COOK - If you're looking for Megan Brodeen anytime in the foreseeable future, she shouldn't be hard to find.
"Every day. 7 to 8," the new owner of Cook's Montana Cafe said as she sat at one of its booths one day last week. "It's more like, probably, 6 to 9."
That's 6 a.m. to 9 p.m., in case you were wondering, and "every day" means seven days a week, although the Sunday shift likely will be shorter. It's what Brodeen, 22, expected when she signed the papers for ownership of her hometown restaurant on the same month in which she graduated with a bachelor's degree in business administration from the University of Minnesota Duluth.
"This is what I signed up for. I'm ready for it," said Brodeen, who technically grew up and lives 5 miles south, in Angora.
To hear it said on South River Street, the main drag, the people of Cook are ready for it, too.
"I think everybody will be glad to have it back," said Kathy Cheney down the street at Frank's Pharmacy, where she has worked for 19 years. "Because now I've been sending them to Orr or the South Switch (in Angora) because there's no sit-down restaurant in town."
"I think it's a real important business for Cook and especially for the downtown area," agreed Rich Crettol, the CEO of North Star Credit Union on the other side of the street. "It's going to be really nice to have that back open again."
In a 105-year-old building and serving as a cafe since 1970, the Montana had been only the sit-down, full-service restaurant in this Iron Range town of 574 when it closed on Nov. 17. With booths lining the walls, tables in the middle and a small counter lined with iconic red, saddle-shaped seats, it was a gathering for locals who work downtown and summer visitors alike.
"People come here just because of the history of the restaurant ... and the classic old-style look inside," said Steve Crockett, who owns two gift stores close by. "You just don't see many places like that anymore."
Valerie Ohotto and her husband, Jerry, purchased the cafe in 1996, before Brodeen was born. Reached by telephone at her home last week, Ohotto sounded like someone who has a touch of seller's remorse.
"I would have never sold my cafe if I wouldn't have been sick," said Ohotto, 58. "Never. I loved it. I loved it."
What she thought was only a cold last September developed to the point that she couldn't breathe and had to be taken by ambulance to Duluth, Ohotto related. She was diagnosed on Sept. 7 with extensive lung cancer. Although the cancer was determined to be incurable, it was found to be inactive on Dec. 5 and she feels well now, Ohotto said.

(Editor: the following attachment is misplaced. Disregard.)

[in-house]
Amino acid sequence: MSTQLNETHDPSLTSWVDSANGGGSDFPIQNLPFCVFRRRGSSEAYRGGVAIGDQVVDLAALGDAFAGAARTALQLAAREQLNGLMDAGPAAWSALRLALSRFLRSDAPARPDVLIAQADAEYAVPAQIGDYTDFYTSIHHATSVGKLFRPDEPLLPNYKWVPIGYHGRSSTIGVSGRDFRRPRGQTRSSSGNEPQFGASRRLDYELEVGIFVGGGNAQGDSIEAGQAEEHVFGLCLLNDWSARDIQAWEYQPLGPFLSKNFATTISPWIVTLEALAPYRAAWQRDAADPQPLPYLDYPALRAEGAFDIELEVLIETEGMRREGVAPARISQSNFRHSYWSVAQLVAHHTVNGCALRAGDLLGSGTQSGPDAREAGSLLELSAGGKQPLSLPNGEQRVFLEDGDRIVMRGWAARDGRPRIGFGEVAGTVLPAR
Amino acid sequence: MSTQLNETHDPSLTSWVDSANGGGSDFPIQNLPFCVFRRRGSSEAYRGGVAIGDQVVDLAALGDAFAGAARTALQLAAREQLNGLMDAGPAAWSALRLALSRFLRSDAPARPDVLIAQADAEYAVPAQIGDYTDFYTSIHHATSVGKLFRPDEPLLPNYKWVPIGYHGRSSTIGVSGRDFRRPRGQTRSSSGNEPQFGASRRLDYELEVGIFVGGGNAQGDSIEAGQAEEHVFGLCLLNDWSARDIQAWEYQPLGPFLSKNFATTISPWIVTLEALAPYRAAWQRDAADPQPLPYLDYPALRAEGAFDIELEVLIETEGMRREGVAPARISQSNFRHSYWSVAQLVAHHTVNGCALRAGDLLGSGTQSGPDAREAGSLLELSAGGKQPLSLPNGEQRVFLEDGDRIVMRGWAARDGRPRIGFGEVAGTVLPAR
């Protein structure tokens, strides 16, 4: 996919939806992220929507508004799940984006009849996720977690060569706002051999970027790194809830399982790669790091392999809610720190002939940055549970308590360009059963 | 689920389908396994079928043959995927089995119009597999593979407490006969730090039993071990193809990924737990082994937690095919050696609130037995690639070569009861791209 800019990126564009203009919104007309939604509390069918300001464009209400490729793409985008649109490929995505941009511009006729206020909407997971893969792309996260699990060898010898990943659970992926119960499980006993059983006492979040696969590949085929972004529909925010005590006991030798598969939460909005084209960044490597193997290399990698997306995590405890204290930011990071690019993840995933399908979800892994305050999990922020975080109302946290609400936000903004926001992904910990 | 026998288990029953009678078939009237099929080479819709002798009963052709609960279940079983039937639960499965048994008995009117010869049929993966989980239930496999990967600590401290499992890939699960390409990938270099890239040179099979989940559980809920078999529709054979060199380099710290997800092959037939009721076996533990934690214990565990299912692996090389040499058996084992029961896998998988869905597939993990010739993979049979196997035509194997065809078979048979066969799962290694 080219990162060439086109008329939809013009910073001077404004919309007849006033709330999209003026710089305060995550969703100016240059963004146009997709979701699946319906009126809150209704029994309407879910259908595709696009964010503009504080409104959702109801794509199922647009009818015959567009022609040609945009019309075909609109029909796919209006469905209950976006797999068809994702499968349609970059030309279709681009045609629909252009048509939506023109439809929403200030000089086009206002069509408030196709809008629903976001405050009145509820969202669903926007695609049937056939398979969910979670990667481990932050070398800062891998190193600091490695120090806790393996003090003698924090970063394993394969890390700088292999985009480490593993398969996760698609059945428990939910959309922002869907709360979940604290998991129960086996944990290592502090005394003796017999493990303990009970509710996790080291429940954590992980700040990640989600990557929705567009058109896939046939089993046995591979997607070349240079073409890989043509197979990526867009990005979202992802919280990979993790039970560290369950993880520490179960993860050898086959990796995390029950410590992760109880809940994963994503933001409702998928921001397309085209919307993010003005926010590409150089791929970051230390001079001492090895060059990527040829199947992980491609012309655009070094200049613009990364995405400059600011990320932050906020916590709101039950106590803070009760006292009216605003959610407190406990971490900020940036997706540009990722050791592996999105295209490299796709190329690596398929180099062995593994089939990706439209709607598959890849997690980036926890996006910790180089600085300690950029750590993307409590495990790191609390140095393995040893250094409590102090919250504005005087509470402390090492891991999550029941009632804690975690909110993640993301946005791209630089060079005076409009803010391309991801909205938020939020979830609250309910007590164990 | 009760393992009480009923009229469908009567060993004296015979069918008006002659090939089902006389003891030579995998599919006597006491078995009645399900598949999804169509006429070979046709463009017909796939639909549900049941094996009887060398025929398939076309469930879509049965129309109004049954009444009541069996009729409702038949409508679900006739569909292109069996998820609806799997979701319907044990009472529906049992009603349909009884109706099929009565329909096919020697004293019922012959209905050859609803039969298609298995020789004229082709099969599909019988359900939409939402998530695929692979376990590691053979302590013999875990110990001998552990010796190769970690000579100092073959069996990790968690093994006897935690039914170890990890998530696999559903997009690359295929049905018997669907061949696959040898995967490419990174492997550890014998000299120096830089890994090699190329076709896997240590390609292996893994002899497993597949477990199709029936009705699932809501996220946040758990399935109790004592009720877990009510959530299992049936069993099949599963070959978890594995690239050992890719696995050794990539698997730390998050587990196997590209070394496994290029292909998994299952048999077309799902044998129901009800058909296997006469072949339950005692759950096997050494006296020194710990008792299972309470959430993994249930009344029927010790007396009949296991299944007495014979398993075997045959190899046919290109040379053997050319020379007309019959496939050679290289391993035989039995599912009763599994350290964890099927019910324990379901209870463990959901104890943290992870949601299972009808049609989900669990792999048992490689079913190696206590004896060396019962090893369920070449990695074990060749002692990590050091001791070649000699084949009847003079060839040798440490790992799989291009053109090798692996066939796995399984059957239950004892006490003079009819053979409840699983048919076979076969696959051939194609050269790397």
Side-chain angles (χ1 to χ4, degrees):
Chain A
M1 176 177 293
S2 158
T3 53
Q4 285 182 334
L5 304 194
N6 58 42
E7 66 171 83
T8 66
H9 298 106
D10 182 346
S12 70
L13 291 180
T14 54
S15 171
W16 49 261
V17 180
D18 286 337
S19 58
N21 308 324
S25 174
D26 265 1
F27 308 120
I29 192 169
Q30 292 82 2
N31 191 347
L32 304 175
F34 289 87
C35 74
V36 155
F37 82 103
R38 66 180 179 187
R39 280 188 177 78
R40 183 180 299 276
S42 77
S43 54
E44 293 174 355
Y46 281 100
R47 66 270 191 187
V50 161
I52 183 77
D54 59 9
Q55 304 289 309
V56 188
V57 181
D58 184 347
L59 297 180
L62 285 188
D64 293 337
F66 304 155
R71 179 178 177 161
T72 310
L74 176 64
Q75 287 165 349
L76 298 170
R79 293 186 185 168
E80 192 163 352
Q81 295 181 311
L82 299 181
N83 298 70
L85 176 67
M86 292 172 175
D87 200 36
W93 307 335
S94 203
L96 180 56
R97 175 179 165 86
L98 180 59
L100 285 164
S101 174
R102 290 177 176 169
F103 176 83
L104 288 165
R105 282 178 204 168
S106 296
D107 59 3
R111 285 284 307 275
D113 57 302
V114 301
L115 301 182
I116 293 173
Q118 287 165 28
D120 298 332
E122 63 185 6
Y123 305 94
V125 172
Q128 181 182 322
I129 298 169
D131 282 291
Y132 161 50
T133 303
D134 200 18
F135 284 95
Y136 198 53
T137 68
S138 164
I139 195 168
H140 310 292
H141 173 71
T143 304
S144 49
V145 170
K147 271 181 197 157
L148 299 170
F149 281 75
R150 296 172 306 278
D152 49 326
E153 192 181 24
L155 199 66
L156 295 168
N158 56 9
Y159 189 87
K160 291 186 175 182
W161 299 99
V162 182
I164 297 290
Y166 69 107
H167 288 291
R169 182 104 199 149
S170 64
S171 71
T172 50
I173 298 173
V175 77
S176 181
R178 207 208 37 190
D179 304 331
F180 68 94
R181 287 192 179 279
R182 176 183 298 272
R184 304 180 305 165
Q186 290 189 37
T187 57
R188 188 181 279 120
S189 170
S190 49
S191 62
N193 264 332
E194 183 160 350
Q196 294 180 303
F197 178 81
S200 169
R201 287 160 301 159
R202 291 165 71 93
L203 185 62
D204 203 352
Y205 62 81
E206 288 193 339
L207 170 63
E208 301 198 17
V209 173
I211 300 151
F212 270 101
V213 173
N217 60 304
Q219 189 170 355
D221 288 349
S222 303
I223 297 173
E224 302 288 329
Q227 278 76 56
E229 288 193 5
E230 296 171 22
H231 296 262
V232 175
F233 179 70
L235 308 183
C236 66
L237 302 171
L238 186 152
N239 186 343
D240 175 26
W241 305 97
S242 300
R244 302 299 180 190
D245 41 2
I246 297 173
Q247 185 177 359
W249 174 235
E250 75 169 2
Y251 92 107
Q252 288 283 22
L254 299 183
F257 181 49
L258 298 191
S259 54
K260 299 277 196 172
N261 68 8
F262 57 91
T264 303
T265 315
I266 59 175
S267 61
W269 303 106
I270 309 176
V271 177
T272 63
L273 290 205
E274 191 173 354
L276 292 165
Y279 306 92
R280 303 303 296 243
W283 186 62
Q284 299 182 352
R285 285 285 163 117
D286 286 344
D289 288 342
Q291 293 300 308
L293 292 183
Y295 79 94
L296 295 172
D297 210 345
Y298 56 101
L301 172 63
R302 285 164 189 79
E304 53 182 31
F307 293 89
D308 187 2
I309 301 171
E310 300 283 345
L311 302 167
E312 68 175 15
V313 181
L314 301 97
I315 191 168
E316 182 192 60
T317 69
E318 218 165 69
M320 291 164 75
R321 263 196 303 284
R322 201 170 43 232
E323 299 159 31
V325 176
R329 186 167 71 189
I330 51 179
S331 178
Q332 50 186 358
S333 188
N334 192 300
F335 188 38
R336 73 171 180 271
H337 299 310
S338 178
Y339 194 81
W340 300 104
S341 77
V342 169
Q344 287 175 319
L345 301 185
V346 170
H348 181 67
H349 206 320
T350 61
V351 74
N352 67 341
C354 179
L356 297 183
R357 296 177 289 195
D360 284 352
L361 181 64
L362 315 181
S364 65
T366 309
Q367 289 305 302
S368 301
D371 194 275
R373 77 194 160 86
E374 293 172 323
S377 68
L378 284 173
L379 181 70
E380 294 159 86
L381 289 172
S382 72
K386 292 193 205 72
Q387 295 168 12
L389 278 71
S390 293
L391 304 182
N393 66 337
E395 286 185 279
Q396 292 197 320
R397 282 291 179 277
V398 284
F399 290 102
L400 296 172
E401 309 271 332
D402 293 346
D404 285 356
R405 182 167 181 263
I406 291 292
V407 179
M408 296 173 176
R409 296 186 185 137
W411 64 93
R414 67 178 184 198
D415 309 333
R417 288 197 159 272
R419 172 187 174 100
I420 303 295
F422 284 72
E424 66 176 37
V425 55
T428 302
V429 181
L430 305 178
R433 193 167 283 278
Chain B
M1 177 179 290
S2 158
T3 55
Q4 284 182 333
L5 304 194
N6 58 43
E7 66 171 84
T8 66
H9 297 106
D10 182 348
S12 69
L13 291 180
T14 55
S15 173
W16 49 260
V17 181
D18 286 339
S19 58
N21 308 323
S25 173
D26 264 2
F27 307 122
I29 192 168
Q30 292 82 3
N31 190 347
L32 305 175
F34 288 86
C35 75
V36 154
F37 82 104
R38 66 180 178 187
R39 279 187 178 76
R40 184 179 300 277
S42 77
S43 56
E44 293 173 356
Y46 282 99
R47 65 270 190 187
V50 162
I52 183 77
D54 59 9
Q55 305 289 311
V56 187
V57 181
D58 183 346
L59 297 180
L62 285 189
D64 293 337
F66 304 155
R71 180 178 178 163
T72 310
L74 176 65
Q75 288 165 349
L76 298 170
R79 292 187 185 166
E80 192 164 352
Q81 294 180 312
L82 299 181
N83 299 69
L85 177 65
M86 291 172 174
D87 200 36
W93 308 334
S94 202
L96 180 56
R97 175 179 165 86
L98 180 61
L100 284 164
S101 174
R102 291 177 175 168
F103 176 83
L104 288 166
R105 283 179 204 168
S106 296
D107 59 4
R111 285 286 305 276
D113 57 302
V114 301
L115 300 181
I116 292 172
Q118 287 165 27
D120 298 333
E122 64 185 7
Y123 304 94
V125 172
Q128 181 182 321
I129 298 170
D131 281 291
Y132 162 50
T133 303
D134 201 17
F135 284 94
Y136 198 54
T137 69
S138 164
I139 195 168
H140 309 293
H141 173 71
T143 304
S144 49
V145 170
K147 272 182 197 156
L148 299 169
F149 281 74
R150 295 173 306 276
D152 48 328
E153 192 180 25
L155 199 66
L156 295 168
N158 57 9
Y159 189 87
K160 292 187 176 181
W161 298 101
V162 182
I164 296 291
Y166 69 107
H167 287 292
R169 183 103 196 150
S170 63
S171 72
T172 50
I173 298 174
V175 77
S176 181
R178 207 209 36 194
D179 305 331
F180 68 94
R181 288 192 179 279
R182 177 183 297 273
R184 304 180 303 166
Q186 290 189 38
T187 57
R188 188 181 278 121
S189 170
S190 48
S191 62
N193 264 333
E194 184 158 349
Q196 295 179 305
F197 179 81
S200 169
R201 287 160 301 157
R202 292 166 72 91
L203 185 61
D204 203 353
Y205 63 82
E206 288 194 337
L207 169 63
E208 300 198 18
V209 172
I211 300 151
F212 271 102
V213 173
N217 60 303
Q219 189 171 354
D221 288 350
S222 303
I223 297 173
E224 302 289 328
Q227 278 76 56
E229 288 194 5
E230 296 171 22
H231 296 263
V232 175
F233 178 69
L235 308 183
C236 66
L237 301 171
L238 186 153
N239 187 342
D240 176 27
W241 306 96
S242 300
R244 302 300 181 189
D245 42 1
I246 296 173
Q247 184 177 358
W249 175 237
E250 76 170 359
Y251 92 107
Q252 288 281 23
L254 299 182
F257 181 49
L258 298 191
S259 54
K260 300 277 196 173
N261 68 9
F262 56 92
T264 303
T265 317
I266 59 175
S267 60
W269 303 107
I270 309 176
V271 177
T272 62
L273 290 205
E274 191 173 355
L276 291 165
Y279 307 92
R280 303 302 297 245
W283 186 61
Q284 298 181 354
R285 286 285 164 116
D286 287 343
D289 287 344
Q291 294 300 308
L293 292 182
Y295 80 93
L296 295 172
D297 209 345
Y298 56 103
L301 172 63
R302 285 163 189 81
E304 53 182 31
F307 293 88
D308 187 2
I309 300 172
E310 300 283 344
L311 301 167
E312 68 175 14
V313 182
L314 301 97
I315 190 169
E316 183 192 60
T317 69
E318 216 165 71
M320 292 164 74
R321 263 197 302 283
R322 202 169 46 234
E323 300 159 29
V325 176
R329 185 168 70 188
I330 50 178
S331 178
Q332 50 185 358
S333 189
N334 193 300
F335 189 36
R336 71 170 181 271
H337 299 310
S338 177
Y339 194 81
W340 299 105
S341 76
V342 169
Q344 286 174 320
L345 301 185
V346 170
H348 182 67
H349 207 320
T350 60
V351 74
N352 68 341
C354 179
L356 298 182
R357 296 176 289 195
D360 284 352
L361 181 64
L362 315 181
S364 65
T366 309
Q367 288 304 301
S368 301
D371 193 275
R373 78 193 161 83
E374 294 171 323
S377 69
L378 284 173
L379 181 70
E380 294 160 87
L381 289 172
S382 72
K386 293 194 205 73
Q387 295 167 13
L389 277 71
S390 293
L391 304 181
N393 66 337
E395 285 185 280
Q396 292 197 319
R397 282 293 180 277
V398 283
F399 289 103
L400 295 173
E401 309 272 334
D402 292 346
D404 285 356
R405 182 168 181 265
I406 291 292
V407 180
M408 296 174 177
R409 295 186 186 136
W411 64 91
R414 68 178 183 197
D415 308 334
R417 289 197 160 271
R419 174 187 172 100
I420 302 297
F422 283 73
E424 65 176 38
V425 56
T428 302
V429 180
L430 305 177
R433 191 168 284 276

Although the Montana wasn't officially on the market, she received several offers in the fall, Ohotto said.
In March, Brodeen called Ohotto and made an offer, and it was accepted. Brodeen, who declined to reveal how much she paid for the restaurant, secured a loan from the Entrepreneur Fund, which aids businesses in Northeastern Minnesota and Northwestern Wisconsin, to cover the cost. She signed the papers on May 31 and went to work cleaning, painting walls, ordering supplies and hiring her work force (four full time, one part time).
She credits two faculty members at UMD's Labovitz School of Business and Economics - Lai La Lunde and Raymond Jones III - with advising her in planning her business model.
Reached by phone, Lunde said Brodeen has the advantage of restaurant experience - she has worked in food service at Melgeorge's Elephant Lake Lodge and at Fortune Bay Casino.
"As far as running the business from the front office, it's going to be a challenge," Lunde said.
Brodeen still faced a gap for startup costs - specifically a dishwasher - so she took to the internet site Kickstarter, opening her fundraising campaign on June 1.
There was no Kickstarter when the Ohottos bought the Montana, and the fundraising mechanism doesn't sit well with Valerie Ohotto.
"When you come from a small town, people don't like beggars," Ohotto said.
Nonetheless, Brodeen reached $3,600 of her $5,000 target in the first three days of her 30-day effort.
"Cook is such a close community that I just knew that they would go for it," Brodeen said.
Given that many college students from small towns never come back except for visits, Brodeen's decision to not only return but to run an iconic business might seem like an anachronism. But her family has deep roots in the area, she said, and she had no desire to settle anywhere else.
"I always pictured myself living here," Brodeen said. "I just really value my family."
This past weekend, Brodeen was set to serve hamburgers and some sandwiches outside during Cook's annual Timber Days celebration. Her official opening day is today.
Outside of some fresh paint and a different set of historical photos of Cook businesses on the walls, customers can expect to see few changes from the last time they were in the Montana. The menu will be essentially the same, Brodeen said.
And most certainly, the name will be the same.
Which brings up the question: Why is there something called the Montana Cafe in Cook, Minn.?
"The first owners said they were going to move out to Montana, and then they decided not to," Brodeen said, relating local lore. "And they called it the Montana."
Open for business
Hours at the Montana Cafe, 29 S. River St., Cook, are 7 a.m. to 8 p.m. Monday through Saturday, and 8 a.m. to 3 p.m. Sunday.